Hamed said: "My main goal is to represent the organization in my country and spread awareness on its objectives."
She has represented Egypt at numerous youth conferences since 2004, and works for the United National High Commissioner for Refugees interviewing people vulnerable to abuse and ensuring they are referred for support.
Hamed was involved in the revolution in Egypt and is keen to help build her nation's future.
She said: "I have seen by my eyes the sacrifices made to this revolution to succeed.
"Therefore, we will work hard to achieve what we paid a great price for: better governance, better social justice, job creation, less corruption and above all a generation who are aware of their rights and duties, so that they can always stand up and fight for it."
Youth employment trainer, Jordan
Mohammad Abulawi, 25, wants to help young people find jobs in his native Jordan.
Abulawi is training co-ordinator for Jordan Career Education Foundation, an organization which aims to give vulnerable and disadvantaged 18 to 24-year-olds a sense of hope and dignity by training them for work.
He said: "My hope is that parents and children fully understand the importance of education and that the numbers of uneducated youth decrease in Jordan.
"I also wish that the 'culture of shame,' where Jordanian youth do not work in certain jobs, is tackled and that the youth become the biggest segment of the workforce in Jordan."
Social entrepreneur, Egypt
Mahmoud El-Refai, 27, co-founded It'sOneHummanity, a global social network for humanitarians that lets them share their work and ideas.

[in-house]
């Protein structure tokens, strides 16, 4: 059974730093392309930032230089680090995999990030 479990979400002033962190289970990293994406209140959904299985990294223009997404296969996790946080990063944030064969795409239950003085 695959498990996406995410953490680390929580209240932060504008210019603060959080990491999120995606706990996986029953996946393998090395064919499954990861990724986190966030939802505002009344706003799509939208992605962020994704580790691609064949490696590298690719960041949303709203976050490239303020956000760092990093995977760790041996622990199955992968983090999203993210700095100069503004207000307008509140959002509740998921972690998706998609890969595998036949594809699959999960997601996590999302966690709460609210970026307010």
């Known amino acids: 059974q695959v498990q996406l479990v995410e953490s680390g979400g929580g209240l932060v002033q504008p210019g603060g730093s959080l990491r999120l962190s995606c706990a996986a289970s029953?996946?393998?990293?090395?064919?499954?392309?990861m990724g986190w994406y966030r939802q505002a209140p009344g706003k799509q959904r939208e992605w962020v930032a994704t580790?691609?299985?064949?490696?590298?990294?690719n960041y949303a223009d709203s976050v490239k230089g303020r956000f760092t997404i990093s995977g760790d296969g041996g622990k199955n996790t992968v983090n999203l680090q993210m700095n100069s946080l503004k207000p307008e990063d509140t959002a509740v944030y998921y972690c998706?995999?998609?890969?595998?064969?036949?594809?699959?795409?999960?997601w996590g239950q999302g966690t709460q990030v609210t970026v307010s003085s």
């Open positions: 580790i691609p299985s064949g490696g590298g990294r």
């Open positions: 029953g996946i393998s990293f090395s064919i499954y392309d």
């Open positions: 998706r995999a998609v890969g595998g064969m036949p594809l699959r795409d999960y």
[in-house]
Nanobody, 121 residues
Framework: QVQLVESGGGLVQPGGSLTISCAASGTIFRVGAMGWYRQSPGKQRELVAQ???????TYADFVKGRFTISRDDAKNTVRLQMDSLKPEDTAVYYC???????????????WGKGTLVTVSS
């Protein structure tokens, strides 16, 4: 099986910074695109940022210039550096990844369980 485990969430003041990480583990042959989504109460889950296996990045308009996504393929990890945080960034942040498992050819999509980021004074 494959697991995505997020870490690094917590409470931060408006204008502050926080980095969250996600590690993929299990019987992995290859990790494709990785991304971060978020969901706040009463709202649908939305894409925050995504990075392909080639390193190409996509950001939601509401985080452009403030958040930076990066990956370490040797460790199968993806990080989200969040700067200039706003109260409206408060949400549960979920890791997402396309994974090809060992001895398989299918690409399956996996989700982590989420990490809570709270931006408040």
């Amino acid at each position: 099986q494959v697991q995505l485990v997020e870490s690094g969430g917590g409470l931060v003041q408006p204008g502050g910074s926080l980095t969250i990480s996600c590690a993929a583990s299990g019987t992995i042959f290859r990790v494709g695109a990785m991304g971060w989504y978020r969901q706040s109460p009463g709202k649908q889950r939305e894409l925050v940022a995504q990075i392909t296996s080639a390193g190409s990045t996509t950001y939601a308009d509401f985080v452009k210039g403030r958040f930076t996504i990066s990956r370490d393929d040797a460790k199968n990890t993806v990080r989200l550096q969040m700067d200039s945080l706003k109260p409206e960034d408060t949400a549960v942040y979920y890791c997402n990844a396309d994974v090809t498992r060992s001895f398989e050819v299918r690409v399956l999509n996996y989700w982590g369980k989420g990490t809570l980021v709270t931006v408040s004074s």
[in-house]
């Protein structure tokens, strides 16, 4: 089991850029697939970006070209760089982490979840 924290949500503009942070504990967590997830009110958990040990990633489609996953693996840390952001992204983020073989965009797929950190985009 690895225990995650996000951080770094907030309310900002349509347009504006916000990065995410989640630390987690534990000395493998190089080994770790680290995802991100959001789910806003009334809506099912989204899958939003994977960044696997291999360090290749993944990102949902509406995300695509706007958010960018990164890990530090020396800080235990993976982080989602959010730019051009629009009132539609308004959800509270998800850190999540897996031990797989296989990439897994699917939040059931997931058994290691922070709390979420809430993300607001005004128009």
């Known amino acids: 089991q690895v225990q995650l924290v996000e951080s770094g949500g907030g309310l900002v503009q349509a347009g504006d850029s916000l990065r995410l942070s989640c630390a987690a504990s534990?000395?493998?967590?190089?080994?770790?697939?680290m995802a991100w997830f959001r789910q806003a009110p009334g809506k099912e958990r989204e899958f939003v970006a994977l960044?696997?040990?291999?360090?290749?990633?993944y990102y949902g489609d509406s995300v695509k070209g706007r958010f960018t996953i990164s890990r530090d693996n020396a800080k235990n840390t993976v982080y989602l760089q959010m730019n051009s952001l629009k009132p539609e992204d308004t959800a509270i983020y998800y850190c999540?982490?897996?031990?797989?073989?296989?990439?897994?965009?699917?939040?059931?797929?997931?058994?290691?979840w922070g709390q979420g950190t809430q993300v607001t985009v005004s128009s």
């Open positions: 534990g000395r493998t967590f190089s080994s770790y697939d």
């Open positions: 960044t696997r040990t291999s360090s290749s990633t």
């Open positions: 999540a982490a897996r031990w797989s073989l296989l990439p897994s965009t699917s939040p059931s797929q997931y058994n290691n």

He is also a climate-change ambassador for an international project, an engineering graduate and a corporate strategy officer for Siemens.
El-Refai said: "I'm working on bridging the gap between the private sector, the public sector and the civil society to create projects that can benefit the people at the 'bottom of the pyramid.' I believe that business must be for profit, but profit must also be for purpose."
He added: "I dream of an Egypt where human rights are respected and where social equality prevails. I imagine an Egypt that is in the top 20 countries in the world, a leading country in the political, social and economic arenas."
Researcher and women's advocate, United Arab Emirates
Graduate student Sarah AbdulRazak, 23, is on the board organizing a "Women As Global Leaders" conference in Abu Dhabi next year.
AbdulRazak would love to see more women in public life in the United Arab Emirates and other Middle Eastern countries.
She is also passionate about education and promoting dialogue between the east and west.
AbdulRazak said: "Young people are the voices and torchbearers of a progressive future, especially in the Middle East where they are currently underrepresented on the global stage."
Abdel Rahman Alzorgan, 21, and his younger brother Mohammad were named among the best young inventors in Jordan after winning fourth place in an Intel International Science and Engineering Fair in the United States.
The pair's invention was an automated irrigation system they had been working on since they were in elementary school.
Abdel said: "We got a patent for it, so we are known now as the youngest inventors of Jordan. At the moment we are working on five other research projects, mainly to do with environmental solutions."
Alzorgan, now an engineering student, also works on awareness campaigns involving politics, fighting hunger and HIV.